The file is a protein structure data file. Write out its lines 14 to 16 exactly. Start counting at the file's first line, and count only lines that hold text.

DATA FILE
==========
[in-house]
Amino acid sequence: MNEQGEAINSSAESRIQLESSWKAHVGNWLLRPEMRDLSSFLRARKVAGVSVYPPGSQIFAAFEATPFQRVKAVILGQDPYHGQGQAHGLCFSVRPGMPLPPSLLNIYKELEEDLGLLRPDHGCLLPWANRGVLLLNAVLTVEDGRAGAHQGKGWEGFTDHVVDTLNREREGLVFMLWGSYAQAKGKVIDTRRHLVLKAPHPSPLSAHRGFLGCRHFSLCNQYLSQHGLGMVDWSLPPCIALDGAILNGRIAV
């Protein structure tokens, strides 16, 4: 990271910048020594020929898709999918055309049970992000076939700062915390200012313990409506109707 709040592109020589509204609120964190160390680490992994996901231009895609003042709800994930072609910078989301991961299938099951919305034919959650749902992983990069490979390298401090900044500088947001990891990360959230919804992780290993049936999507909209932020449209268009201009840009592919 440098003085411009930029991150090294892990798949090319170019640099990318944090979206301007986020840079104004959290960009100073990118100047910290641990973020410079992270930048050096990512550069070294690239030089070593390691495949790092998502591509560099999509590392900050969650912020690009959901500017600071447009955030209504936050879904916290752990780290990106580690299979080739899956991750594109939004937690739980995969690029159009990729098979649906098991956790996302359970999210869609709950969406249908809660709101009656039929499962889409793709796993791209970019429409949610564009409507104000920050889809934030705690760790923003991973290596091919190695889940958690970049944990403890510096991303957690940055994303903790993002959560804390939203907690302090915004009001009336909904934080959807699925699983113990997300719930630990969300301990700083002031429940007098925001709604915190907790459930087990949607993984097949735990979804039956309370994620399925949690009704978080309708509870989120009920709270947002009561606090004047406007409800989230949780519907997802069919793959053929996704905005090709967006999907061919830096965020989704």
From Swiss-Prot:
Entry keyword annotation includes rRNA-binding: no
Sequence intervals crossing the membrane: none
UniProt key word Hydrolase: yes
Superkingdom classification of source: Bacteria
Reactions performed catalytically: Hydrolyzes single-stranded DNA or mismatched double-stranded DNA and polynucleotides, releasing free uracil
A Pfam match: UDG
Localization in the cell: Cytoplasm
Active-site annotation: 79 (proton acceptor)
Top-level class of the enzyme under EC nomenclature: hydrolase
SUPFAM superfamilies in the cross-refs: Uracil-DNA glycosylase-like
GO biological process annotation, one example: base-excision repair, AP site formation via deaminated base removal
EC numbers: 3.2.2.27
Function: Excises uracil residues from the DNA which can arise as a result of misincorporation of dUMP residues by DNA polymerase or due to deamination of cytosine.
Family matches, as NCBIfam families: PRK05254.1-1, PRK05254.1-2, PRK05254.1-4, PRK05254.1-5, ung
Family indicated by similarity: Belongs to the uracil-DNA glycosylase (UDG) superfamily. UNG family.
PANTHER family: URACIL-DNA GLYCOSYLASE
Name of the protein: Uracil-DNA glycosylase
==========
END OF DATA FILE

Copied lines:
SUPFAM superfamilies in the cross-refs: Uracil-DNA glycosylase-like
GO biological process annotation, one example: base-excision repair, AP site formation via deaminated base removal
EC numbers: 3.2.2.27